The Cost of Changing Your Mind
What is Earnest Money?
Earnest money is the price you pay to take a property off the market. If you’re a renter, it’s customary to offer one month’s rent as earnest money. If you’re buying a home in Chicago, the amount varies, but can be as high as 10% of the purchase price for a new construction home.
In the event that the deal goes through, it is applied to your purchase price. For home buyers, this means that the earnest money may well be more than your down payment. You’ll get it back at closing.
If the deal falls through, you lose the earnest money. This means that you’d better be really sure that you want to commit to the place before you put that money down. (In fact, that’s why buyers customarily request a chance for an attorney to review their offer before they put down all of their earnest money.)
Basically, it’s a ransom that you pay while the seller or landlord holds hostage your ability to shop around for other properties. By taking a property off the market, they’re in turn forfeiting the right to potential better offers that might come along while they wait for your deal to close.
It’s a Payment, Not a Loan.
Once you put down your earnest money, you need to consider that money as spent. If you’re buying a home there are a few ways you can get the money back, but if not, you should not consider it a loss. You should consider it as the price you pay to the seller/landlord for their lost market time.
I get a lot of questions from renters who have committed to an apartment wondering how they can get their earnest money back. I work with plenty of buyers who view the idea of losing their earnest money as a terrible thing. These folks are looking at it from the wrong perspective. Earnest money is always a negotiable thing. When you set the amount you want to offer as earnest money, you need to consider what it is worth to know that at least one acceptable property in this fast-moving market is reserved for you.
Reasons Why You Might Get it Back
For renters, there’s only a handful of reasons why you might get your earnest money refunded.
- The apartment isn’t ready on your move in date.
- You don’t meet the landlord’s criteria to sign a lease.
- Something catastrophic happens to the building or apartment before you move.
- Basically, if it’s the landlord’s fault or choice that prevents you from moving in, you can get it back.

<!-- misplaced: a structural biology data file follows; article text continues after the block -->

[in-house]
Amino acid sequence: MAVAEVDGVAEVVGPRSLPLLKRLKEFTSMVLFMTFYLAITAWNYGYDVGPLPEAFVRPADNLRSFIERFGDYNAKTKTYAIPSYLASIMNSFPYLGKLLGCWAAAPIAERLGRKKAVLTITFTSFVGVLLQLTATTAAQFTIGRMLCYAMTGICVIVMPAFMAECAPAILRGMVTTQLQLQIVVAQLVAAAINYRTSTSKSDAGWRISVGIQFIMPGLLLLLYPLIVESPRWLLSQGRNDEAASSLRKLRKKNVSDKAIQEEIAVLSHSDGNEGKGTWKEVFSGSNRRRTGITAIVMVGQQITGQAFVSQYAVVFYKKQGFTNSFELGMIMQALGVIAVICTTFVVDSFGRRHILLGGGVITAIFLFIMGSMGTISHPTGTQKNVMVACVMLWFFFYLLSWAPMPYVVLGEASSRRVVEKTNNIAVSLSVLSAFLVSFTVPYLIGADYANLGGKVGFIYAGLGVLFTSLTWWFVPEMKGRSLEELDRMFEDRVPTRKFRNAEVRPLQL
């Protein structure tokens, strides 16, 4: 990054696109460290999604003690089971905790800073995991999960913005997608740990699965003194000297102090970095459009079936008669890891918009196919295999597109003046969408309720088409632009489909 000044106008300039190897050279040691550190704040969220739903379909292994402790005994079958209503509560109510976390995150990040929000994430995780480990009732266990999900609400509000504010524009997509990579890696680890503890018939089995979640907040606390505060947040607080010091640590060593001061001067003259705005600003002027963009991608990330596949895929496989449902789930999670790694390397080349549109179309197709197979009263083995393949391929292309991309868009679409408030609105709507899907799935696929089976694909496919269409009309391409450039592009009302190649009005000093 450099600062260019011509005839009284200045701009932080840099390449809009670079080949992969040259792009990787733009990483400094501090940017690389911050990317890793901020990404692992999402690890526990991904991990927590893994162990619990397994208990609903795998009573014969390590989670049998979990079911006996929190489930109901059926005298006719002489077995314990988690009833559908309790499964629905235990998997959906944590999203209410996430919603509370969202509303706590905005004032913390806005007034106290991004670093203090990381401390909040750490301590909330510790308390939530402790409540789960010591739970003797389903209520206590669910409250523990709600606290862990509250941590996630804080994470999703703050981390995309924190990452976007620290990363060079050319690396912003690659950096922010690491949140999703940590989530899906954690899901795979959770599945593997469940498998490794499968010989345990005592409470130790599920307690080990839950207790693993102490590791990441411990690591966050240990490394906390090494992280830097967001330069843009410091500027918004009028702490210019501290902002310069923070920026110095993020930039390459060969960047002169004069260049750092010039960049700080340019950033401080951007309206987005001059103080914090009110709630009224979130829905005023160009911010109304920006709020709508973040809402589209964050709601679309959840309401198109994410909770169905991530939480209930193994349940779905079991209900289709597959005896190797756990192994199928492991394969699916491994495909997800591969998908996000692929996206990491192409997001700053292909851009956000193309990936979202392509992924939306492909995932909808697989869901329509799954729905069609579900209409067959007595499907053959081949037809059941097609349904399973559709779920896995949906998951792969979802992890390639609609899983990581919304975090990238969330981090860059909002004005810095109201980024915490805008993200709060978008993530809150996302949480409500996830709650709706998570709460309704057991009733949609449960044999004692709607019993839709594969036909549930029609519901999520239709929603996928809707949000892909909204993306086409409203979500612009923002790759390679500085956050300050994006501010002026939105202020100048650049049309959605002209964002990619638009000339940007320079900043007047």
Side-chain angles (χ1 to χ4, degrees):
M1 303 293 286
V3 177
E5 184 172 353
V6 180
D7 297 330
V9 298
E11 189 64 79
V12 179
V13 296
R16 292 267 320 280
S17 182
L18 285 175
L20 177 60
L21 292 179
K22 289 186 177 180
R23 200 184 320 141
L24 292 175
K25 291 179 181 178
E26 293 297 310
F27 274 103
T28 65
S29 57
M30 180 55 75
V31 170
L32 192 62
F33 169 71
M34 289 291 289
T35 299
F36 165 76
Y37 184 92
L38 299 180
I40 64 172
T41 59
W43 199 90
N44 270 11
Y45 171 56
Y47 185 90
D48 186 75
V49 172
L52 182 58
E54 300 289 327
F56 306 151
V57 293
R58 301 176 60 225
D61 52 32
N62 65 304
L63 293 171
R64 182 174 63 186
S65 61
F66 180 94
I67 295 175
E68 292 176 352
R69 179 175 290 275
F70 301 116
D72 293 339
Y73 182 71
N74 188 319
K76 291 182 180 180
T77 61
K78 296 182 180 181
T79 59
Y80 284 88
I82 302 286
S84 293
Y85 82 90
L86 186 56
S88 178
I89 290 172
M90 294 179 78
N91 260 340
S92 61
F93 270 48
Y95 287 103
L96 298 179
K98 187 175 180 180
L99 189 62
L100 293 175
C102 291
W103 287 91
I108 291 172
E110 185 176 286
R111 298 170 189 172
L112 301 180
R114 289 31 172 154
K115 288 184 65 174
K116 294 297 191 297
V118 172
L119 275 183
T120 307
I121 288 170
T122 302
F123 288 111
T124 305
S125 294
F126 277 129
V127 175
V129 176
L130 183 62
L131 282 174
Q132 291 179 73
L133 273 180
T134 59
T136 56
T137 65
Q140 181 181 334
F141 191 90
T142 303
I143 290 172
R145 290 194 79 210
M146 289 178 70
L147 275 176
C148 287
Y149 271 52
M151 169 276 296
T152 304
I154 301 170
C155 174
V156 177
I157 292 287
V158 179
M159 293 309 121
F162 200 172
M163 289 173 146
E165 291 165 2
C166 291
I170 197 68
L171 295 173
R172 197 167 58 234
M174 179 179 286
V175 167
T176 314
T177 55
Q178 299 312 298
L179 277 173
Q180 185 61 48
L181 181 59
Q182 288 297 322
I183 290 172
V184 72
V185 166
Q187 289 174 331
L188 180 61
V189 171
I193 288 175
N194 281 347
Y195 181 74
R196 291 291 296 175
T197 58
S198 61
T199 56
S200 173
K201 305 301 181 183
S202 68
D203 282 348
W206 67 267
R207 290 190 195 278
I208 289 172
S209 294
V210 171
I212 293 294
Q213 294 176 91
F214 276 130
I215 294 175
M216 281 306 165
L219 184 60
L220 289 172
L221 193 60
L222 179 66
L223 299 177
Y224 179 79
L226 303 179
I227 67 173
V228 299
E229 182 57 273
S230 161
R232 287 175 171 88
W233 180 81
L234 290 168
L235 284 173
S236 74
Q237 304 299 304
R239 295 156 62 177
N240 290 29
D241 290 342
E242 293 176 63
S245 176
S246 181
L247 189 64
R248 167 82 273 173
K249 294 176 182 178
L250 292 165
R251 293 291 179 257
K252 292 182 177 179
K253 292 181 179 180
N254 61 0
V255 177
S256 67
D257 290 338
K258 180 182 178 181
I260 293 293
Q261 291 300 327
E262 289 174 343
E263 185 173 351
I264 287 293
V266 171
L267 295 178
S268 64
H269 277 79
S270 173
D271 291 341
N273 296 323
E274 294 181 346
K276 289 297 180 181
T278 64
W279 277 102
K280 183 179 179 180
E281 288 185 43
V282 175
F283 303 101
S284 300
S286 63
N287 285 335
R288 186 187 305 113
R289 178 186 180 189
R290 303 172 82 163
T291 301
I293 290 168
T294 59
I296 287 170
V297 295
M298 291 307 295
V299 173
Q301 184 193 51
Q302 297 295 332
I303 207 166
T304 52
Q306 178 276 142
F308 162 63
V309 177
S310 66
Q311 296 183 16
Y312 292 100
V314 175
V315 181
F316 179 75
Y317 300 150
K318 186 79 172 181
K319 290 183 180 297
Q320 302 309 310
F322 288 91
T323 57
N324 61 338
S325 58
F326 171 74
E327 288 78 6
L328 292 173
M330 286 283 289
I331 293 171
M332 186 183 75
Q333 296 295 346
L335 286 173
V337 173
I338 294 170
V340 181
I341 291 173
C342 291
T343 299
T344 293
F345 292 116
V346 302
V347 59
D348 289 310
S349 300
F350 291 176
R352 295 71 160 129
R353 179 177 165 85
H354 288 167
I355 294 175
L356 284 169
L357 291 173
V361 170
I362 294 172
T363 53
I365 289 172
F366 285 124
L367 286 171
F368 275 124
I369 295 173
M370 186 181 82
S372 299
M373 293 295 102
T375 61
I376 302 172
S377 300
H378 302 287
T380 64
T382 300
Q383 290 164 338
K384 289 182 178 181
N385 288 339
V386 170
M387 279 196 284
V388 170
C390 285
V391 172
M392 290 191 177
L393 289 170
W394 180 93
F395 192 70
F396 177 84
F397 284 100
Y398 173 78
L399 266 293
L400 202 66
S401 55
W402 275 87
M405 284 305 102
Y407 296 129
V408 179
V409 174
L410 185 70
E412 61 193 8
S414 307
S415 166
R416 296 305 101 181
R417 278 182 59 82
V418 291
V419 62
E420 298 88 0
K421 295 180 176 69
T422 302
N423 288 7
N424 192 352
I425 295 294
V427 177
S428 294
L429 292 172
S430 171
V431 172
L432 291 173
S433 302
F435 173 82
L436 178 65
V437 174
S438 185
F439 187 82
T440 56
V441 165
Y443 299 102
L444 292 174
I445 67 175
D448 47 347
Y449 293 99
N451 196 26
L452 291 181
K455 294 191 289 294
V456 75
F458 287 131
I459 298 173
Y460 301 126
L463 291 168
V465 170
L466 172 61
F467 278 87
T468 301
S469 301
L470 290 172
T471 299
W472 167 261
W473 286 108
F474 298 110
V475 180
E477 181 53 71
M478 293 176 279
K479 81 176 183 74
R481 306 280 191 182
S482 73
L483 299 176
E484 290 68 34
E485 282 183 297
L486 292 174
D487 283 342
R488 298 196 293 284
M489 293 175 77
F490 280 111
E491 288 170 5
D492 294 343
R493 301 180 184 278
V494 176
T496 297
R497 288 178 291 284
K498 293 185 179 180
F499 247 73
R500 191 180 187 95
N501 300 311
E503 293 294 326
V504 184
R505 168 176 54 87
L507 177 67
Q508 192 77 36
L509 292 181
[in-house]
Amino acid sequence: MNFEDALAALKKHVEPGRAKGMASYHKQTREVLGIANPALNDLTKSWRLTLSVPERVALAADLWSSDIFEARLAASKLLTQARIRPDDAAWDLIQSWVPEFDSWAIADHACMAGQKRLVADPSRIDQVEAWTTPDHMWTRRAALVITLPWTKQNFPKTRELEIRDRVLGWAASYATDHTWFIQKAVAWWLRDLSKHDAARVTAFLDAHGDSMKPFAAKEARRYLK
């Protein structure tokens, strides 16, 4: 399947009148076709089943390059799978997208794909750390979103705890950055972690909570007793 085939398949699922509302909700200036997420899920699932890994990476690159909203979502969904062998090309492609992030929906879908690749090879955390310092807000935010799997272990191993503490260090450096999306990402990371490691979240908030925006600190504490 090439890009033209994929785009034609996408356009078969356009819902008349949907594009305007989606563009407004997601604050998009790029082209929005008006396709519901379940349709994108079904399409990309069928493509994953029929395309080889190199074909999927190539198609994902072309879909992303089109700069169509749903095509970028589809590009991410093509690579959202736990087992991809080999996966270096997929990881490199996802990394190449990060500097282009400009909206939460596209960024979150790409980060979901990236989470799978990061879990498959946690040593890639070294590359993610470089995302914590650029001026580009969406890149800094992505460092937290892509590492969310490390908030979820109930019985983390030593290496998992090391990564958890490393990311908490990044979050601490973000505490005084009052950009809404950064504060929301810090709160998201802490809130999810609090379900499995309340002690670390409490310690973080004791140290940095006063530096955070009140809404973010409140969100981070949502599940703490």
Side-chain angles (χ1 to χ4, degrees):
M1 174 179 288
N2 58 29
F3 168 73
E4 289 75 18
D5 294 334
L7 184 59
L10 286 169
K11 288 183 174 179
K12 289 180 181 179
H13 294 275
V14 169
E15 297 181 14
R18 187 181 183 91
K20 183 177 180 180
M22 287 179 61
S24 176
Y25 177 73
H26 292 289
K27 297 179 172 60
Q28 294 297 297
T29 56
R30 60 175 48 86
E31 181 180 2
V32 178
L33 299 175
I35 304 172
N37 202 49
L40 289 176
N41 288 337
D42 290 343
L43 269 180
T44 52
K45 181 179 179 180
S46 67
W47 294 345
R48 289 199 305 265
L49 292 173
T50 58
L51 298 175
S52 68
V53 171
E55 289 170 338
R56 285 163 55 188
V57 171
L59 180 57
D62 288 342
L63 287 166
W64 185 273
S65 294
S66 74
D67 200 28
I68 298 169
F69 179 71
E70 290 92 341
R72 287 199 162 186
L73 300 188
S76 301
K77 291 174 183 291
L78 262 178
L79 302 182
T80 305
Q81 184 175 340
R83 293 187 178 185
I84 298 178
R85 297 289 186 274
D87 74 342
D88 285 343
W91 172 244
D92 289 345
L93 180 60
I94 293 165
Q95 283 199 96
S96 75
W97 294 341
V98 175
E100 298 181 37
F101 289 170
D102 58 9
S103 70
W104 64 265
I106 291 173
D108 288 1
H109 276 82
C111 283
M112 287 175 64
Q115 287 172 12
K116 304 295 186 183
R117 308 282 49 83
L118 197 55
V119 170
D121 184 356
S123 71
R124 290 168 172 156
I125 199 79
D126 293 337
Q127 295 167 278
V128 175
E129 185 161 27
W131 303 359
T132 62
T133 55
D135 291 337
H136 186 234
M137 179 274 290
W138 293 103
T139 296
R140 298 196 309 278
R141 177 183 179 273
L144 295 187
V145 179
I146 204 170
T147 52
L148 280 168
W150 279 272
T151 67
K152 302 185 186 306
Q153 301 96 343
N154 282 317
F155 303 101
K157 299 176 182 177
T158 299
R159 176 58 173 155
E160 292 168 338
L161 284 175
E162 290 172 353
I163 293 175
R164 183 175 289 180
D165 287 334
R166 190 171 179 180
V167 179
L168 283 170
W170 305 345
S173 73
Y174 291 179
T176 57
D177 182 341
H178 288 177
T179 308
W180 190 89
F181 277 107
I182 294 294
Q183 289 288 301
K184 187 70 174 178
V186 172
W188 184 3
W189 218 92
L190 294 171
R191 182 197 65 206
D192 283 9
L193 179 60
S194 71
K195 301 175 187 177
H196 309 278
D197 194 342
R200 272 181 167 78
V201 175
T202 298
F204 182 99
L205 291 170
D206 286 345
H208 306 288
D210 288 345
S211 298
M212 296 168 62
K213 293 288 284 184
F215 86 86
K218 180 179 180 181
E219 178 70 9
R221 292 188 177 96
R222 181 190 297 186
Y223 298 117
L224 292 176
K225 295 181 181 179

For buyers, refunded earnest money depends on the contingencies that you put into your offer. I’ve discussed contingencies before in passing, but here’s a quick summary of SOME potential “outs” that you could add into an offer. (Bear in mind that too many contingencies will kill an offer outright, so don’t go overboard.)
- Attorney deems the contract to be illegal.
- The seller does not have right to sell the property.
- Inspector finds major structural flaws, environmental hazards or code violations.
- The condo association is in severe disarray.
- You cannot sell your current home.
- The appraisal value of the property is much lower than your requested mortgage.
- The condo association doesn’t meet your lender’s standards.
- Destruction of the property before closing.
- You can’t get the mortgage approved in a timely manner.
- The rent roll reveals problems in an apartment building for sale.
- The seller’s lender won’t approve a short sale offer.
- One of the neighbors has a restraining order against you.
There are plenty more, but in all cases if you want to be able to get your earnest money back the contingency must be specified in the purchase contract.
These Reasons Probably Won’t Work.
I say “probably” because a clever attorney may be able to wriggle you out of a contract even if your real reasons are in the next list. In most cases, though, these reasons for walking away from a purchase contract mean that your earnest money will become payment for services rendered.
- You changed your mind.
- Your roommate changed their mind.
- You adopted a puppy and the building doesn’t allow pets.
- You die, but your spouse survives. (This could result in getting declined for the mortgage, but does not terminate a contract on its own.)
- You suddenly discover that you’re expecting another child and will need a bigger home.
- You have a horrible nightmare about the property that freaks you out to much to move there.
- Your employer is transferring you to another country. (Again, this may mess up your loan application but won’t kill the contract.)
- You discover that a sex offender lives next door.
- The neighborhood elects a new Representative/Senator/Alderman that you despise.
- Your dog doesn’t like the house.
- A family member dies and leaves you a much better house in their will.
Basically, if the reason that a deal doesn’t go through involves the seller, a third party or both sides, then there’s a good chance that you’ll be able to get your money back. If it’s entirely your side that’s causing the problem, then you will need to walk away from that money.
Friday we’ll be talking about mortgage insurance. See you then!